reverse shot (unknown) A Few Great Pumpkinks IV (2009) (online):
Fischer, P (2011) Fantasia 2000 (online):
Sibley, B (1999) Fantasia 2000 (online):
Stiles, P (2006) Film Review: Fantasia (online):

Tuesday, 27 March 2012

Life Drawing Class: Week 18

 Today in life drawing class we focused on last weeks topic of Dynamics and movement. This time instead of doing the usual few mins sketches, we did some "key frames" of the model's movement. This was done in eight key frames which the model was mostly in static motion. This started with the model posing from below and up and for the second round, the model is sweeping with a prop in circles.

Next doing pretty much the same with the previous exercise (with the eight frames), we were told to add emphasis on the cloth's creases as the model poses around with it. This again was used for the next exercise which involves the model reaching for the tray and we have to imagine the movement of the water as she "chucks" it out.

the cloth 
tray and imaginary water exercise
We then later did another exercise only similar to last week's exercise, we have to draw inbetweens between to images to show movement. This was done by the model posing in one position (with a cardboard javelin) and the other posing as if she's throwing it. I thought to show this would be ideal to use a red pencil to highlight the movements.

javelin throw
This time, we focused on the dynamics and movement of the model and the cloth. This was done with the model dancing around with the cloth and at some random stages the model was told to stop. At this point we have to draw the model in rough shape for 30 secs before continuing. Again, to show this I thought it would be better to show the movement in a different colour. This worked best as although it looks messy but it separates between model and cloth and pretty much forming a shape. This exercise was done again for the second round.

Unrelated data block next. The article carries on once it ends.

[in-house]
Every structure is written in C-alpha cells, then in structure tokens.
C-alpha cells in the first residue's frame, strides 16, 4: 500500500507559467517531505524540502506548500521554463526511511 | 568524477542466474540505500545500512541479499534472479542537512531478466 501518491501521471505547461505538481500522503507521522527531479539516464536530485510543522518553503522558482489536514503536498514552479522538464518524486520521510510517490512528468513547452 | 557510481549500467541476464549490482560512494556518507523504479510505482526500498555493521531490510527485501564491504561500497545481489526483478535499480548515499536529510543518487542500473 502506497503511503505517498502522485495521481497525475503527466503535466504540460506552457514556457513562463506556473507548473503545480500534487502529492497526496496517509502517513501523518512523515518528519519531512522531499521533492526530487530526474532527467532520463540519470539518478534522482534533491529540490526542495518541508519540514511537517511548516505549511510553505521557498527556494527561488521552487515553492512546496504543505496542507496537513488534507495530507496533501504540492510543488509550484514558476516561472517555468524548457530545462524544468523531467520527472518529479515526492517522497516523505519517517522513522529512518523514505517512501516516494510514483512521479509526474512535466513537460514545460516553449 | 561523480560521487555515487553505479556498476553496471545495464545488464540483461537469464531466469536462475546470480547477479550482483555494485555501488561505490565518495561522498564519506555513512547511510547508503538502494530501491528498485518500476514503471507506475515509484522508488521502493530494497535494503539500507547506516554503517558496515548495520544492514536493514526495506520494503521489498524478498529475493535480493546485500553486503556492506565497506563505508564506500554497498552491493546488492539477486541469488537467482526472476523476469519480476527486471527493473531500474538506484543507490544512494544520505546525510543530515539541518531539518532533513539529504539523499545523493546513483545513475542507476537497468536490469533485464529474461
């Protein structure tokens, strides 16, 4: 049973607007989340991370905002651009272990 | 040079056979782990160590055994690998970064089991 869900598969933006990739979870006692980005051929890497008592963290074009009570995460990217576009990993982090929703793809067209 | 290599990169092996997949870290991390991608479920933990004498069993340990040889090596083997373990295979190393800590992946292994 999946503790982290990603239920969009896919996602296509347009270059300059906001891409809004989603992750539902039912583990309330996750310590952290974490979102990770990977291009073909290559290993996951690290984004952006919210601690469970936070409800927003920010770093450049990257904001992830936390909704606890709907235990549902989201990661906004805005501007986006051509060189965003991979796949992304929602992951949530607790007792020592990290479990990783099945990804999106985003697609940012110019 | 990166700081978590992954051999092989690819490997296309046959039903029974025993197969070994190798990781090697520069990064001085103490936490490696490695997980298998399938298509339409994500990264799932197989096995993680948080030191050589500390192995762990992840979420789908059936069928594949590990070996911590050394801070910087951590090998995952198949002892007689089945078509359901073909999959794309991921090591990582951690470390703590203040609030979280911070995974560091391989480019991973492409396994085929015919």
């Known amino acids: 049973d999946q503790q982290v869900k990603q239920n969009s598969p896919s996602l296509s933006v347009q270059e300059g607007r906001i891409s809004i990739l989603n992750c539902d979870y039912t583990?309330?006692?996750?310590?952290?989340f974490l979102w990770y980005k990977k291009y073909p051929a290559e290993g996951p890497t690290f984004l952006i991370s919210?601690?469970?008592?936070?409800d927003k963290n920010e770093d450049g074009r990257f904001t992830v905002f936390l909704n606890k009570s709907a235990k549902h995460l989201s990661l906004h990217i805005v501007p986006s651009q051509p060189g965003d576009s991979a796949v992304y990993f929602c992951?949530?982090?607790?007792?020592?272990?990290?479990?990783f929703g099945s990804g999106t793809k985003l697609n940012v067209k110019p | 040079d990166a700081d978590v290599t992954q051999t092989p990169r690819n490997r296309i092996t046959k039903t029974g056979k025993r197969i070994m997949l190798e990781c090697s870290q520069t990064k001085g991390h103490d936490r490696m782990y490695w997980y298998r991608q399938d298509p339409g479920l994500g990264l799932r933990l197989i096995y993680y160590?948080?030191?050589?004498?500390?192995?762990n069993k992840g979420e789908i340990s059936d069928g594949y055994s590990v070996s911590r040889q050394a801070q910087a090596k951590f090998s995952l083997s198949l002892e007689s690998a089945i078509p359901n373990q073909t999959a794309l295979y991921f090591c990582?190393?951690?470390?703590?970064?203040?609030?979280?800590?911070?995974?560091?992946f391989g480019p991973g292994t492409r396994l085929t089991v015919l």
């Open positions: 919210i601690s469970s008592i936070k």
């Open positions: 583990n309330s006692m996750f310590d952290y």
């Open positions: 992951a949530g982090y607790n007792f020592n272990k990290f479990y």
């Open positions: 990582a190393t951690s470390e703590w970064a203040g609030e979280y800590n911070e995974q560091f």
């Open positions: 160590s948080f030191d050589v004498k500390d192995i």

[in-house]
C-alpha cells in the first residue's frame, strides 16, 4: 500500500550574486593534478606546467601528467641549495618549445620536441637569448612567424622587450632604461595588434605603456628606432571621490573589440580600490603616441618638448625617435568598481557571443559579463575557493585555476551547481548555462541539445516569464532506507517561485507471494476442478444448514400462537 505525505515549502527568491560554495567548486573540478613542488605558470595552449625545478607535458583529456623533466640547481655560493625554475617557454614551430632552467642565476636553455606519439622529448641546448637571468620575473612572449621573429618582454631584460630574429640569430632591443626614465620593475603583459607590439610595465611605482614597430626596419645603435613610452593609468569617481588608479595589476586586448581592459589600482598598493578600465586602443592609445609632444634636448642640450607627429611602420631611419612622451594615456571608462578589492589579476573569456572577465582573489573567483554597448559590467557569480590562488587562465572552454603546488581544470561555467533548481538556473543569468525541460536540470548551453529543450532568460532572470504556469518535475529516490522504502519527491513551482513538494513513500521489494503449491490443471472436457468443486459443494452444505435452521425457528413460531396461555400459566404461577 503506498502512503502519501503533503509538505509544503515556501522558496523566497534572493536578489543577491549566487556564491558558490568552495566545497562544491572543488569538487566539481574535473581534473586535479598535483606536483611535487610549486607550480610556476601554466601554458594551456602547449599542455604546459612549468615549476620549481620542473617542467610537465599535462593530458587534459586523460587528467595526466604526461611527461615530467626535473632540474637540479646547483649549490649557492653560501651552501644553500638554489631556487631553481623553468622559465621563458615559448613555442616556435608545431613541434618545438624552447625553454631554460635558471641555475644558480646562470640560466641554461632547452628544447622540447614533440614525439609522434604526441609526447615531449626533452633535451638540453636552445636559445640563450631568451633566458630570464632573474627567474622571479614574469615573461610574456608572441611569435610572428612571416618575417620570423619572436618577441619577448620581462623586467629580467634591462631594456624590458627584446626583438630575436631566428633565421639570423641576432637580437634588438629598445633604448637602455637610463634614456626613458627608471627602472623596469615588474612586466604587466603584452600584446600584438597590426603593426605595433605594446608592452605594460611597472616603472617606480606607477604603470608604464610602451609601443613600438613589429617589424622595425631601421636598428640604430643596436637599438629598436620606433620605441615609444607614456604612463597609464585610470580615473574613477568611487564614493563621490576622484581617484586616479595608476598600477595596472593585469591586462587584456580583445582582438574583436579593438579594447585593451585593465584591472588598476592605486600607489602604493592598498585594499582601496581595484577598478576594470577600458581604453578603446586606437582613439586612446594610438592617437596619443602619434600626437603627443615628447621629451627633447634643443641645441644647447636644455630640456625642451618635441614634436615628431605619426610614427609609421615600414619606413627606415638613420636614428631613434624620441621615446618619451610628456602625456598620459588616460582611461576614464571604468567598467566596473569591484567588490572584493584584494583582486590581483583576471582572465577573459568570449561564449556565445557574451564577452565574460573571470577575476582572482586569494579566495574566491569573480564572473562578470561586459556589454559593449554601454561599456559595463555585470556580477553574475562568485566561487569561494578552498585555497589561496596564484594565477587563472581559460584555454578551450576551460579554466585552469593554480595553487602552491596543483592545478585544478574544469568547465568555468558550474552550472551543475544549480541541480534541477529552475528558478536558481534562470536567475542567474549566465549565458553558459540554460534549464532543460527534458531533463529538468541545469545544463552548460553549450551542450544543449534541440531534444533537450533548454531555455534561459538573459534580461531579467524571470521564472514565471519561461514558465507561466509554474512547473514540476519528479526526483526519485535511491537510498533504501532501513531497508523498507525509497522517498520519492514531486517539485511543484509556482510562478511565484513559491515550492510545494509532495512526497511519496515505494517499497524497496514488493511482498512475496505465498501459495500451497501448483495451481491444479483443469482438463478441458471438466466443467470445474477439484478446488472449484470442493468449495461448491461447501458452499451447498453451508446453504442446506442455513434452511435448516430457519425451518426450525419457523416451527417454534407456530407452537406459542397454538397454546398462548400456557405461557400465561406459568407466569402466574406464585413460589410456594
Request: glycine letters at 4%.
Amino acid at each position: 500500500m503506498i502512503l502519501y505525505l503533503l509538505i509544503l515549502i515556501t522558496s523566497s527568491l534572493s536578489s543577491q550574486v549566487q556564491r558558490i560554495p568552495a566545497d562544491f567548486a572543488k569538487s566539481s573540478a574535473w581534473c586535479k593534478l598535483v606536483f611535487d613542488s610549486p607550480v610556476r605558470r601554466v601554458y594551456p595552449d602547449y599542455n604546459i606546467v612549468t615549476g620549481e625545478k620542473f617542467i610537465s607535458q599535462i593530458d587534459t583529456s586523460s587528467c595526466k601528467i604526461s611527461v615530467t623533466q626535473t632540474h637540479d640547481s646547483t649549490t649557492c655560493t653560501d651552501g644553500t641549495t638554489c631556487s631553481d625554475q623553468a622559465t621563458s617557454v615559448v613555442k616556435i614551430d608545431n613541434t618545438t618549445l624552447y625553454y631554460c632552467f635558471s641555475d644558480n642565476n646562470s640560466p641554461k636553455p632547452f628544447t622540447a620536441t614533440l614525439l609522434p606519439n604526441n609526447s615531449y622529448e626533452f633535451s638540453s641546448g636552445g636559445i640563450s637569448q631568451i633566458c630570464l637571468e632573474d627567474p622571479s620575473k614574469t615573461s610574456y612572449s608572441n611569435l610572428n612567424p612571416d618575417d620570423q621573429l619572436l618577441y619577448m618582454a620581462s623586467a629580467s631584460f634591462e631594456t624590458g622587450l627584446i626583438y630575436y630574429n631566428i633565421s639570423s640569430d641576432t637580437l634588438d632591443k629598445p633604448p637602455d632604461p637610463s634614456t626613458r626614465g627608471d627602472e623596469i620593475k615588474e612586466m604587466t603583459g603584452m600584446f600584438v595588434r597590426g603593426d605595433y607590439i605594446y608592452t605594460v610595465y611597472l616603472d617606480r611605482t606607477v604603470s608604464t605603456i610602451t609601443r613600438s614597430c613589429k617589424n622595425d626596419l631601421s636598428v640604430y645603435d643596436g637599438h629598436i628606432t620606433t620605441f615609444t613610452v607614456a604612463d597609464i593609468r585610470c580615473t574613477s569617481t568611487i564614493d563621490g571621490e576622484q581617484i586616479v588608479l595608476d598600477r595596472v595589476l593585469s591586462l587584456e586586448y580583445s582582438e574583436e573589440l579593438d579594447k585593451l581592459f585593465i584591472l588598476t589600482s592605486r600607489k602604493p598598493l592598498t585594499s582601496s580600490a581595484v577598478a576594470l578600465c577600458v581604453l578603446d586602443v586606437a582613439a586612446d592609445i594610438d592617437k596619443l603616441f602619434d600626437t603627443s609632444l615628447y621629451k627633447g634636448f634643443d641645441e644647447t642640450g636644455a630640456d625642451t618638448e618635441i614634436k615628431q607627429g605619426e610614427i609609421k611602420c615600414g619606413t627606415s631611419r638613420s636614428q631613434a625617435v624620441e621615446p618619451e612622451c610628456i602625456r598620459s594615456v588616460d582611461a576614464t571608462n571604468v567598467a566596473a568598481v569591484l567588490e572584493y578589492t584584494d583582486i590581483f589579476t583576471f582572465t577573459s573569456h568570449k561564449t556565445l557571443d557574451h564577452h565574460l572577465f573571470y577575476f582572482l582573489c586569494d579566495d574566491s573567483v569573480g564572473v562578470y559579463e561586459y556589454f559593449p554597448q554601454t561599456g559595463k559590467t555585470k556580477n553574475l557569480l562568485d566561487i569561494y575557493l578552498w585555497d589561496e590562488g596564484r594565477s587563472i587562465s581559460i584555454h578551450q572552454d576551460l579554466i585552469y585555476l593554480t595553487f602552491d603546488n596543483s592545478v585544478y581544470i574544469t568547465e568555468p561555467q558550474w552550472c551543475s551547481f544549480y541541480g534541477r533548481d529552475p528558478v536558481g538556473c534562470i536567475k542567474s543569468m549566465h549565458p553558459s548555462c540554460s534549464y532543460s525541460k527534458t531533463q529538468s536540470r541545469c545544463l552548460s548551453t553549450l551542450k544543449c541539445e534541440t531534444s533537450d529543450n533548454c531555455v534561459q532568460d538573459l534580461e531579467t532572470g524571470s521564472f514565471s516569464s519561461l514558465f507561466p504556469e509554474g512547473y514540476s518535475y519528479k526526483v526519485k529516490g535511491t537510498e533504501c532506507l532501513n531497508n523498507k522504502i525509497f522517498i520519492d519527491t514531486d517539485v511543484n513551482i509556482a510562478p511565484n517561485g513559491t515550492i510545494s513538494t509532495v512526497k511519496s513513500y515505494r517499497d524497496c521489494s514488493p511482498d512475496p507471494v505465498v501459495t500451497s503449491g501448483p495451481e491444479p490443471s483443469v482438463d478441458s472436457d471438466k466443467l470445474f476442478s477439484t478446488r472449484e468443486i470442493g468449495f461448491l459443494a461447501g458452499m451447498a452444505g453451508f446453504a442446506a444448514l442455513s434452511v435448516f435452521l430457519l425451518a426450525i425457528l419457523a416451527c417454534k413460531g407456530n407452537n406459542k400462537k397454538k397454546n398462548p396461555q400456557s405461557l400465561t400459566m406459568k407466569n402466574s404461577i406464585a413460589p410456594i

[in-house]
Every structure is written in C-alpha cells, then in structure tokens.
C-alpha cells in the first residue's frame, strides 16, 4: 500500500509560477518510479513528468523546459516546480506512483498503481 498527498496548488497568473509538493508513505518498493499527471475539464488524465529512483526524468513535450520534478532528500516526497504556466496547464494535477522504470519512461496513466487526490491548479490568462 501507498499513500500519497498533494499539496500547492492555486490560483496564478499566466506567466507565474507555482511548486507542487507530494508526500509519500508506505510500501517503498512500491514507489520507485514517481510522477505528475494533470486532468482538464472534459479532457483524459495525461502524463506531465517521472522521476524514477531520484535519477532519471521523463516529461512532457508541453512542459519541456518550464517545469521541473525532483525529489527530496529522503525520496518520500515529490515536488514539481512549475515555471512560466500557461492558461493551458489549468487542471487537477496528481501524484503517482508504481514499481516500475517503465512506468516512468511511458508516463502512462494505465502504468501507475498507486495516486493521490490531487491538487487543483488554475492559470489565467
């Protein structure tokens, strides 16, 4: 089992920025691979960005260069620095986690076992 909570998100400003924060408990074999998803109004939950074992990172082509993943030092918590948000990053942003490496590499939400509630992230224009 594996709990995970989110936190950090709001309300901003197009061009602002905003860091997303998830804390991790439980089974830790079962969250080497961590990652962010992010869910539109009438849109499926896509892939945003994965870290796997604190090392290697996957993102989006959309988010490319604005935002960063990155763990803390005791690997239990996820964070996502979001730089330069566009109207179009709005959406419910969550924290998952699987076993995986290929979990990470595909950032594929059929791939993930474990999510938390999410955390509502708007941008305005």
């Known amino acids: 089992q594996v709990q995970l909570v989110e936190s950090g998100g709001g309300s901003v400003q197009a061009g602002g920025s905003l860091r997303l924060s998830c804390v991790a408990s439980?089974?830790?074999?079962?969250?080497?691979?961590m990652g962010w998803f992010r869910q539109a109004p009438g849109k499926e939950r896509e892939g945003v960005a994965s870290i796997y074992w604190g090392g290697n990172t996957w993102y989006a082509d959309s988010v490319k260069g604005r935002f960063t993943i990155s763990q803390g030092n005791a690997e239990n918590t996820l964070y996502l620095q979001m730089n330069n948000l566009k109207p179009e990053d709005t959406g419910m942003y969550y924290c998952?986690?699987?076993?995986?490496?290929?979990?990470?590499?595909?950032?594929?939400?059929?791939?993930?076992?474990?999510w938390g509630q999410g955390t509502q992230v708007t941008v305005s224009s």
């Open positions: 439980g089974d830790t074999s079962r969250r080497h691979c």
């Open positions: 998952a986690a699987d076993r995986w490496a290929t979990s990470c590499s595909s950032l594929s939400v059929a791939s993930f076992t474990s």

Next we did some more of images in movement. Mark showed us an image of how movement is recorded in image form which shows small trails of action leading from one to the next, similar to Pas De Deux. This involved the model walking, then getting frightened before running off. The second round involved the model pretending to lift weights before lifting them into the air and the third round has the model walking around with a few props under her arms. Again, using the red colour I've added emphasis on the movement (like lines) or added in betweens in red colour.

walk, frightened and run
walking and lifting

Sunday, 25 March 2012

Myopic Penny Farthing cycle test

Here is my myopic penny farthing cycle test. I've first decided to focus on how the wheels would cycle since there'll be a single dent in each wheel. To do this, I've built a replica of it using Plasticine (which unfortunately turned into a dodgy colour from unit 2's mushroom colour mashup!! :S) and have used stop motion to recreate how the wheel would look and move. This gave me a rough idea and so I have drawn out a rough cycle run of the penny farthing. I've then reused my tricycle from Unit 3's uncanny (since its the closest to being a bike) and added a camera to create a shot to my opening sequence of my animation. Though its a bit fast but I thought about adding a shot to show depth and the surroundings easier in a 360ish way. This is something that I hope to use and recreate hand drawn and combine it with this test cycle.